When is a love song not a love song?

When it’s an allegory for God’s love for the Jewish people, of course.

That, in any rate, is the argument Rabbi Akiva famously used to get the Song of Songs included among the sacred books of the Bible, despite the fact that the Song begins “Let him kiss me with the kisses of his mouth,” and continues in that vein for eight chapters, with frequent detours into metaphorical descriptions of body parts.

Shir Hashirim, as it is called in Hebrew, traditionally is read on the Shabbat of Pesach. With that day coming up, Congregation Beth Sholom in Teaneck is featuring a lunch-and-learn this Shabbat afternoon with Professor Michael Fishbane, probably American Jewry’s foremost scholar on the Song of Songs and its millennia of interpretation.

Dr. Fishbane staked his claim to that position by writing a 300 page commentary on the Song of Songs, which the Jewish Publication Society published three years ago. He is the Nathan Cummings Distinguished Professor of Jewish Studies at the University of Chicago, but he has lived in Teaneck since August. He is edging toward retirement, teaching two courses in the fall semester. “We came here to be closer to family at this time in our lives,” he said. His son Eitan, a professor of Jewish thought at the Jewish Theological Seminary, lives in Teaneck; another son, Elisha, lives in Highland Park.

Dr. Fishbane’s engagement with the Song of Songs began when he started teaching at Chicago in 1990, after a quarter of a century as a student and teacher at Brandeis University. He started the work leading to the published commentary more than 15 years ago.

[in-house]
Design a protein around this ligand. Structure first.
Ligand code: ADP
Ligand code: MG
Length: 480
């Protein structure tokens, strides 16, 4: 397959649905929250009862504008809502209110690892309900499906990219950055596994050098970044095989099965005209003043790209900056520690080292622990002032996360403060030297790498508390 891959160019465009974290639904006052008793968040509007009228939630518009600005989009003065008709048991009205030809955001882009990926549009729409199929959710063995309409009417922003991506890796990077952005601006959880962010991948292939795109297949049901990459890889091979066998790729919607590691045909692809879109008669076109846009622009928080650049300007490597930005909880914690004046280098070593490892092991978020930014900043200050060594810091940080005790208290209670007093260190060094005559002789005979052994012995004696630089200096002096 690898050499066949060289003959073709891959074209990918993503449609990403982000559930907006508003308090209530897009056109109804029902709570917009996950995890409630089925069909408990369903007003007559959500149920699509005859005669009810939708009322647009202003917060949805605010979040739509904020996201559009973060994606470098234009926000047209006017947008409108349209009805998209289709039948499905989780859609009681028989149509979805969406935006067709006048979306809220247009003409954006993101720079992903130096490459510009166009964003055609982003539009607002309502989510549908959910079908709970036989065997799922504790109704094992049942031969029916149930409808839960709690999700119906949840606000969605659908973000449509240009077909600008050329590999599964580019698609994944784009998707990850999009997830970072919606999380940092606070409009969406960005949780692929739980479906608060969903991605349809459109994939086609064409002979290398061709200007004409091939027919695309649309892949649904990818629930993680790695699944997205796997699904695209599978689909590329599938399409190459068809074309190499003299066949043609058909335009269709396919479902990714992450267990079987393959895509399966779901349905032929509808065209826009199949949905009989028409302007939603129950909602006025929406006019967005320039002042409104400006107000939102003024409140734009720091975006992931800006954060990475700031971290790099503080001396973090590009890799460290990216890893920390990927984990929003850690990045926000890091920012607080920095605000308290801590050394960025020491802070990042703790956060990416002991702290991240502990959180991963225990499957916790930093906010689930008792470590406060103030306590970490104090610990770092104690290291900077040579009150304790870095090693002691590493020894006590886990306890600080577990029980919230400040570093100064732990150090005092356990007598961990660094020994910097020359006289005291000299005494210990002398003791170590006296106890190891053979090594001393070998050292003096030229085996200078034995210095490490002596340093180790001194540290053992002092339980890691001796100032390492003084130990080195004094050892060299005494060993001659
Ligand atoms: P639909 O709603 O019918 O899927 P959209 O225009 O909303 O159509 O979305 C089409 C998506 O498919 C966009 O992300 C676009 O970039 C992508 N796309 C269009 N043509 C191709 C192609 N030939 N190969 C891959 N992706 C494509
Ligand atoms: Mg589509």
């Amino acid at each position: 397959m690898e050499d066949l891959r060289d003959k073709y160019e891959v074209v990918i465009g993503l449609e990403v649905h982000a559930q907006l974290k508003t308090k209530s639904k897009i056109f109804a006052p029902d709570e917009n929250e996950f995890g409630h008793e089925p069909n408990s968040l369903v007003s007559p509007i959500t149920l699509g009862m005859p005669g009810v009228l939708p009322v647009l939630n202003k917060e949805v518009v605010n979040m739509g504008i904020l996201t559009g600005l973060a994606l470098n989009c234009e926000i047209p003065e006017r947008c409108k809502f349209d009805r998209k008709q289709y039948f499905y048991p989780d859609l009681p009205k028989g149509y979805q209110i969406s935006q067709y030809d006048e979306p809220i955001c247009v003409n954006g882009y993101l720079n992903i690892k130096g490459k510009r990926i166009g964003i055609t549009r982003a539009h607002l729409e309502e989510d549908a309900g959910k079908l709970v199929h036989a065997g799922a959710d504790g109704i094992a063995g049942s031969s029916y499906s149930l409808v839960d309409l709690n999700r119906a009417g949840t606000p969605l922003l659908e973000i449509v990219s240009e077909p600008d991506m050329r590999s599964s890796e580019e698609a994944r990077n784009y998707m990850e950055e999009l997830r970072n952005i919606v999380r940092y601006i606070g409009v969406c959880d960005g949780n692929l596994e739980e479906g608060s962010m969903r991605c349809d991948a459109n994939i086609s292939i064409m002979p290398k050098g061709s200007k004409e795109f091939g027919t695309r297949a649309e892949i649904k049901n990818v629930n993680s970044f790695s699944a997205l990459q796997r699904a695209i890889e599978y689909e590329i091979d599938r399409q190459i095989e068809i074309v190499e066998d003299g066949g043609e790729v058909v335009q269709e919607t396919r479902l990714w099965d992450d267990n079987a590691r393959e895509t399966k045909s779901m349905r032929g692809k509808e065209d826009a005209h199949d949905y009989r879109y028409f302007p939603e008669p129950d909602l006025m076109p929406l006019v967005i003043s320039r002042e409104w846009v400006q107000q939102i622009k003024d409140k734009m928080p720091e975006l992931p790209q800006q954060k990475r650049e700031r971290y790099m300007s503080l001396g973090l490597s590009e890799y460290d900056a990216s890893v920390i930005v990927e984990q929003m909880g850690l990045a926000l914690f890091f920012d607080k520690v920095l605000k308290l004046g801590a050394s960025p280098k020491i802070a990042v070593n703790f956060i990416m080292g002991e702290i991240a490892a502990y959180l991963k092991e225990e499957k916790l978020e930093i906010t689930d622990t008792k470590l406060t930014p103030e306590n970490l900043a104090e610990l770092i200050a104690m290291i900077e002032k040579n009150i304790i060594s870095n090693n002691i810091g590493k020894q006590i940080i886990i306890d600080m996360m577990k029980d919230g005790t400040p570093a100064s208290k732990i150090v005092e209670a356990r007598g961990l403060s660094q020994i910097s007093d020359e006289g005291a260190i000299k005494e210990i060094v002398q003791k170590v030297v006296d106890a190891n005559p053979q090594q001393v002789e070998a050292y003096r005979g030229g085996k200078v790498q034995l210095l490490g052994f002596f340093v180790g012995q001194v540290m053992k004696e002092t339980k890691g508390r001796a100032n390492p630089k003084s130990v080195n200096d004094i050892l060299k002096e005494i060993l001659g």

In the interpretation of the Song of Songs, he said, “you have the entire range of the Jewish tradition filtered through the dynamics of love and longing and desire, at the human level, the national level, the covenantal level. I became captive to its embrace.”

Despite what Rabbi Akiva would have us believe, the Song of Songs is not just an allegory for God’s love of Israel. It remains at its heart a human love song. (Dr. Fishbane traces its origins to a thousand years of ancient Egyptian and Mesopotamian lyrics.) In fact, Jewish tradition as it developed in the Middle Ages speaks of four levels of interpretation. (Contemporary Christian Bible interpreters similarly counted four levels of interpretation, though the levels were defined differently.)

There is the pshat, the plain meaning, by which the Song of Songs consists of the dialogue of two besotted lovers, one male, one female, full of ardor but lacking a clear plot line. There is the drash, the homiletic interpretation that understands it to be talking about the history of God’s love for the Jewish people, as preferred by Rabbi Akiva. There is also the remez, which understands the book as containing important philosophical or moral teachings. And there is the sod, the secret, mystical level, particularly beloved by the kabbalists.